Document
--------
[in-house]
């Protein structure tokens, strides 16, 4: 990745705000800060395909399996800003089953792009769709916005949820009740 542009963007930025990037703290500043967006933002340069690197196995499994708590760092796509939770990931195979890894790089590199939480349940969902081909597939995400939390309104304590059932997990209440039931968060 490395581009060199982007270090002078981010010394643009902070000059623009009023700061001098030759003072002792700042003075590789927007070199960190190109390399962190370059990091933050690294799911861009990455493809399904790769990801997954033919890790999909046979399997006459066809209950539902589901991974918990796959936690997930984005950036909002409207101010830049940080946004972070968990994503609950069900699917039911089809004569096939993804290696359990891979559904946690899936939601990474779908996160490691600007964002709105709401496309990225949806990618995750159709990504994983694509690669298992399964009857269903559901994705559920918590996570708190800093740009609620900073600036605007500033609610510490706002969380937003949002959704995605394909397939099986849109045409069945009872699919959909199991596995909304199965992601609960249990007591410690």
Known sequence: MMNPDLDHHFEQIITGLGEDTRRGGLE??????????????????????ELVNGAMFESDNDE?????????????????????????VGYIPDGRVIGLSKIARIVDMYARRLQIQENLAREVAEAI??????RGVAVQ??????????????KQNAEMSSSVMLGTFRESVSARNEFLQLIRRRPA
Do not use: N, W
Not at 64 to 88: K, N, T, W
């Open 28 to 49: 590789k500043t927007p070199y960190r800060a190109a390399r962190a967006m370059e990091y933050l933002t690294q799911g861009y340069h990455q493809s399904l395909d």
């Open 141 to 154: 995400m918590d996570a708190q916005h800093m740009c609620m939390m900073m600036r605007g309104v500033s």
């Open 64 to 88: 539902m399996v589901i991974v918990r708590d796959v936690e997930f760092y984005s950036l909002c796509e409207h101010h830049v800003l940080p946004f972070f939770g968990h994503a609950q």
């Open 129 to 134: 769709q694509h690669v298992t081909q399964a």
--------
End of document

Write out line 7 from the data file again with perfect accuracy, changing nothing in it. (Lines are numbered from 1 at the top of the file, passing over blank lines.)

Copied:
């Open 141 to 154: 995400m918590d996570a708190q916005h800093m740009c609620m939390m900073m600036r605007g309104v500033s």